Published July 26, 2012
Spiders live on every continent, except Antarctica, and in many environments, from rain forests and deserts to studio apartments.
As familiar a sight as these eight-legged creatures might be, there is plenty we don't know about them.
Scientists have described about 43,000 species of spiders, and Norman Platnick, the American Museum of Natural History's "spiderman," estimates that just as many remain to be discovered.
"Because these are only estimates, people disagree," Platnick, the museum's curator emeritus of invertebrate zoology, said of estimates of the unknown species. "I have argued that we are basically halfway through [identifying the world's spiders]. Some of my colleagues think I am being way to optimistic and we are closer to only 20 percent through." [Creepy, Crawly & Incredible: Photos of Spiders]
To figure out how many species remain to be discovered, scientists often look to museum collections. Because finding and collecting a specimen takes much less work than figuring out what it is, Platnick said, these collections can accumulate unidentified specimens.
The spiders and other arachnids known to science so far are amazingly diverse. A new exhibit, opening Saturday (July 28) at the New York City museum, explores this diversity and offers visitors the chance to get up close with live spiders and a few of their close relatives.
These include one of the largest spiders, the goliath bird eater whose prey includes snakes, mice and frogs; the western black widow, one of the few spiders poisonous to people; as well as other arachnids, including the desert hairy scorpion and the skunklike giant vinegaroon, which sprays a vinegar-like chemical from its abdomen when disturbed.
Live goblin spiders, which Platnick is currently studying, are not on display. Typically about 0.08 inches (2 millimeters) long, these spiders are easy to miss, and as a result were a particularly poorly known spider family. In 2006, Platnick and collaborators from around the world began a Planetary Biodiversity Inventory focusing on the goblin family, Oonopidae. At the time, fewer than 500 species — an estimated 20 percent of the family's actual diversity — had been described. Today, that number is more than 1,000, according to Platnick.
Improvements in microscope and imaging technology have made it much more realistic to study tiny living things, he said. Most tiny spider species live on the ground, so to find them researchers must scoop up soil and leaf litter and sort through it using sifting or funneling devices and by hand. Some have also been found living in tree canopies.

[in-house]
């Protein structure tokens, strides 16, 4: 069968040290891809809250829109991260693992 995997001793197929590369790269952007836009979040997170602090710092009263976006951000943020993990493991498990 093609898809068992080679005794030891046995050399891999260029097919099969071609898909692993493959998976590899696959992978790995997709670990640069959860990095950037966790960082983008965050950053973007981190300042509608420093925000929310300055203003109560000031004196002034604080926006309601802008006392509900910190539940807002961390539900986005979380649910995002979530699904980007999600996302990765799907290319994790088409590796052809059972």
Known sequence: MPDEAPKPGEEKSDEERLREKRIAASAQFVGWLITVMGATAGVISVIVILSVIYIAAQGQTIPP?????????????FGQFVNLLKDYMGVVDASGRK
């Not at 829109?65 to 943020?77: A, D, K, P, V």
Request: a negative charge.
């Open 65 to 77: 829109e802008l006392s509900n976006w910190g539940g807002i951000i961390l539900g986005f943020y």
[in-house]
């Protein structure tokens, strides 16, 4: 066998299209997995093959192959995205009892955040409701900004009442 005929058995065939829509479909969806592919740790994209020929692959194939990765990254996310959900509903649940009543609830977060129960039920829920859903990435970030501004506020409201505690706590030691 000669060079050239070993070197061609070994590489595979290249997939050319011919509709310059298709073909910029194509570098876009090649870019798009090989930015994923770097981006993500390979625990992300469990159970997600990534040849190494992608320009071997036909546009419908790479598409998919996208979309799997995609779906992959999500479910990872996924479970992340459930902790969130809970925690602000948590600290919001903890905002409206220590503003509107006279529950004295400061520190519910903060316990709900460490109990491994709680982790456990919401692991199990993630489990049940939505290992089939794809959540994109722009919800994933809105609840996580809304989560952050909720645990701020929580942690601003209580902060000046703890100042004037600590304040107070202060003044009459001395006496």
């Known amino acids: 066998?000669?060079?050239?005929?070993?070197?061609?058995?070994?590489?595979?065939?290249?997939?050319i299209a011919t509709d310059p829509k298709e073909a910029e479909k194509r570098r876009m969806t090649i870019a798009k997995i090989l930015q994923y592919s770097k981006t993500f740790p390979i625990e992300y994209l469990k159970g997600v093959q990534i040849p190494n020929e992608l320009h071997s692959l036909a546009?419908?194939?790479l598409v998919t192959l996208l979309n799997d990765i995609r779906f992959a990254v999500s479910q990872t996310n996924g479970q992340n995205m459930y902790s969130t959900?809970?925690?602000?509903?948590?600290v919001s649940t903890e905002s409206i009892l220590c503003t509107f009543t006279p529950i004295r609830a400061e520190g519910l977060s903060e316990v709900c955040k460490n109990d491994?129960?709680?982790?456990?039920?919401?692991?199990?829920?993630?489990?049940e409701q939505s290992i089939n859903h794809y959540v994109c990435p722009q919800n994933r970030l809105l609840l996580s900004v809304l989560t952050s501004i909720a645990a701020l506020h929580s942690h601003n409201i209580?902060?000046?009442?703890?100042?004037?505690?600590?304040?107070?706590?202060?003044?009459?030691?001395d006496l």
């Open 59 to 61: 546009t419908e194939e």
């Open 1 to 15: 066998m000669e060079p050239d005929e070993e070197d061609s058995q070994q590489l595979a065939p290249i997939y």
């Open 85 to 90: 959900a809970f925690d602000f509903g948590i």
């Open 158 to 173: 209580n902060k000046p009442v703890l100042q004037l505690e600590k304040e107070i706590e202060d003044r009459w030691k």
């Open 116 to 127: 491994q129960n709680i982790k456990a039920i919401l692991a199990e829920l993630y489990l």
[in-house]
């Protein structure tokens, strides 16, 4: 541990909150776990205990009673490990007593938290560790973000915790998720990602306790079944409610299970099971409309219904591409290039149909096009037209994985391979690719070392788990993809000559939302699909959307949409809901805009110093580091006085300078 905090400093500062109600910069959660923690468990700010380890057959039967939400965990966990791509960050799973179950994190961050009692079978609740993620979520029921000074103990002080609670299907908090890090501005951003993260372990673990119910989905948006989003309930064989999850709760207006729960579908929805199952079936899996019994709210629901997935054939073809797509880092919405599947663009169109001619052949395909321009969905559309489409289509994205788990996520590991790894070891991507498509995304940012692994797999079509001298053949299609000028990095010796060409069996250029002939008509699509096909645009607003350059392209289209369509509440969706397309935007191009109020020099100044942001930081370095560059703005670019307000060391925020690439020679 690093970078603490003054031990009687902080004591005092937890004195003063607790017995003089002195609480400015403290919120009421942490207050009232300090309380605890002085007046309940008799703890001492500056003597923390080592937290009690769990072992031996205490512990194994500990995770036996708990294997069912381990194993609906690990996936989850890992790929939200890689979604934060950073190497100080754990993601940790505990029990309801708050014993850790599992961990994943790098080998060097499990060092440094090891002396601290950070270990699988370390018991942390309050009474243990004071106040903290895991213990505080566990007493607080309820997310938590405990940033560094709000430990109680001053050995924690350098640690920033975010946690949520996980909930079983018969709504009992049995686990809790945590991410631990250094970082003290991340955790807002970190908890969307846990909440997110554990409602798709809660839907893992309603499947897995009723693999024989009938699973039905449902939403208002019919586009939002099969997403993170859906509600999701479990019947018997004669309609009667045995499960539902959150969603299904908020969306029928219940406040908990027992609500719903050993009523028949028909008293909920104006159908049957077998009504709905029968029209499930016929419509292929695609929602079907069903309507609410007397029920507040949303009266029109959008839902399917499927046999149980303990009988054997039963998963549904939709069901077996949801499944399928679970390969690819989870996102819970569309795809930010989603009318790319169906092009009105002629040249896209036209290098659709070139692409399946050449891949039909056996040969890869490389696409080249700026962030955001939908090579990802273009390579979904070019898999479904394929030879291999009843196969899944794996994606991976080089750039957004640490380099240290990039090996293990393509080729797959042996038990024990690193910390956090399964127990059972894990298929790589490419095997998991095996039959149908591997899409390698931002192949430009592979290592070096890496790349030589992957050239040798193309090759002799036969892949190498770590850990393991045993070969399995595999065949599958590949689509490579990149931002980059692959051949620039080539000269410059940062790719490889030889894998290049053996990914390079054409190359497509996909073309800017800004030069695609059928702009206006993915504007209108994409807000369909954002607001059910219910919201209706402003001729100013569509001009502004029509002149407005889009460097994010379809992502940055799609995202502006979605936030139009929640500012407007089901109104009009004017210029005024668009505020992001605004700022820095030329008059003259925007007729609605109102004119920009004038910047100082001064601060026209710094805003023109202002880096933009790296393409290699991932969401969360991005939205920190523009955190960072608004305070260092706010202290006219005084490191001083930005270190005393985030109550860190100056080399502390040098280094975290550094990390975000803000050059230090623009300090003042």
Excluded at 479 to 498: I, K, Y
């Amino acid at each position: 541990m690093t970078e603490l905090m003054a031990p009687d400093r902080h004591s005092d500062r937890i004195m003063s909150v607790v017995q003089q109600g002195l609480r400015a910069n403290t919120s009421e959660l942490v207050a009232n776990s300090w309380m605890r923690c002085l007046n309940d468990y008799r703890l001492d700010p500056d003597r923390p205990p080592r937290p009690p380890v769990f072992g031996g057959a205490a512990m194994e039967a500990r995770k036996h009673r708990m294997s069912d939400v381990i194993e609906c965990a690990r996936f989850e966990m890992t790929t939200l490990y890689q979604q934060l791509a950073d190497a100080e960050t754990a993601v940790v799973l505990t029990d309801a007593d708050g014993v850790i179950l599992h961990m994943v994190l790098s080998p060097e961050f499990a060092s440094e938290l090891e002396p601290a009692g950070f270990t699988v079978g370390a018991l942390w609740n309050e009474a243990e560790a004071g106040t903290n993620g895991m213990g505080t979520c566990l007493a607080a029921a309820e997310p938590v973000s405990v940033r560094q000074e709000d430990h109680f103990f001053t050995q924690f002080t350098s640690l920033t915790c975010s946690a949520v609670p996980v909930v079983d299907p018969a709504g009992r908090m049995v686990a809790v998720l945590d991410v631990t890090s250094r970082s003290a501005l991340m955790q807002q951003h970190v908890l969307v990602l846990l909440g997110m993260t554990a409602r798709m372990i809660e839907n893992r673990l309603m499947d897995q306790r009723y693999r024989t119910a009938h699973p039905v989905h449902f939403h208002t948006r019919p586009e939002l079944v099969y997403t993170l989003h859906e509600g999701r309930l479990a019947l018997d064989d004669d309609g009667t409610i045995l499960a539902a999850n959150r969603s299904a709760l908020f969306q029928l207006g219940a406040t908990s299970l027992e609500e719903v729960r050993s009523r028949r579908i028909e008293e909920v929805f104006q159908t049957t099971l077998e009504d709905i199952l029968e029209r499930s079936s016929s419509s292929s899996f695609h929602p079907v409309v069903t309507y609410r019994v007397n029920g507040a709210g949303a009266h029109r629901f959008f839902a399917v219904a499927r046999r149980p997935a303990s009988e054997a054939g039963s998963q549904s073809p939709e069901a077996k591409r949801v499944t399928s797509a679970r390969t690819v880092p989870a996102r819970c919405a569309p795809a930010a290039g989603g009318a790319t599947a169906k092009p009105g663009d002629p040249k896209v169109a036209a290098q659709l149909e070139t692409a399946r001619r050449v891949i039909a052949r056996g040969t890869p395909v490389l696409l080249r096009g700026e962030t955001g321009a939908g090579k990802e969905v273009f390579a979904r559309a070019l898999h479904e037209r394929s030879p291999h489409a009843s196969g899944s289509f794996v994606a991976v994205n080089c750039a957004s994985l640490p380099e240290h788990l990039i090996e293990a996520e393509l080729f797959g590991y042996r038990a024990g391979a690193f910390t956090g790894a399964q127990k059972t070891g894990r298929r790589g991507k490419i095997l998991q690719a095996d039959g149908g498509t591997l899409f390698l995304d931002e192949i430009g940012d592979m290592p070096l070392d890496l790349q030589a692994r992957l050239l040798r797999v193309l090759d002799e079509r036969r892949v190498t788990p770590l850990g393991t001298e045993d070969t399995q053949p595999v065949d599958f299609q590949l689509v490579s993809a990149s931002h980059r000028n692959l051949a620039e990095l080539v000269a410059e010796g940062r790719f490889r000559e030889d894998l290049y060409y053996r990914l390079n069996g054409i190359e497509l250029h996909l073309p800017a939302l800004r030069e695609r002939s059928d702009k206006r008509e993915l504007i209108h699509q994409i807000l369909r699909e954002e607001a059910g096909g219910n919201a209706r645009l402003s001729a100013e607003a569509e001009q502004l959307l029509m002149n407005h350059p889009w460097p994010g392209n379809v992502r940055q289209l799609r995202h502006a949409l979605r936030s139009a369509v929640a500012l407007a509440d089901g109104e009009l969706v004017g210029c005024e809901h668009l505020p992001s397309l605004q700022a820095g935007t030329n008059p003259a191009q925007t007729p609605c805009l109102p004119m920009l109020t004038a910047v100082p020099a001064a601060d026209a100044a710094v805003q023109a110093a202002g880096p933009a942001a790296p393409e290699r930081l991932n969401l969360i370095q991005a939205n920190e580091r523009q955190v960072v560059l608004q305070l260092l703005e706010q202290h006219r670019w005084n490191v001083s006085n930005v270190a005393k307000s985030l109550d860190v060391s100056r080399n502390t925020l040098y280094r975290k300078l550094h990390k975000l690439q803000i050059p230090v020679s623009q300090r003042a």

Like their spider relatives, many scorpions remain unknown to science, said Lorenzo Prendini, a museum curator who studies scorpions.
About 2,000 species of scorpions have been described, but "there may be at least double or probably triple the number of species remaining to be discovered," Prendini said. "I say that because whenever we go to an area, let's say in the southwestern United States or South Africa or Australia that are relatively better known for scorpion fauna, and we survey the area thoroughly and using a variety of modern techniques we double or triple the number of species in the area."
Extrapolating out to the rest of the world, he estimates there are between 4,000 and 7,000 scorpion species on the planet.
It's not clear where scorpions fit in the arachnid's family tree, since analyses relying on anatomical or genetic data show scorpions branching off from other arachnids at different points in Arachnida's evolutionary history.
The relationships among scorpions themselves are still being resolved, and have relevance for much broader questions.
"Because scorpions are so old as a lineage, as I mentioned 425 million years old, and because they don't move around much, they are a very good group for understanding how the Earth evolved geologically and climatically over time," he said.
The exhibit SpidersAlive! is scheduled to run through Dec. 2 at the American Museum of Natural History in New York.
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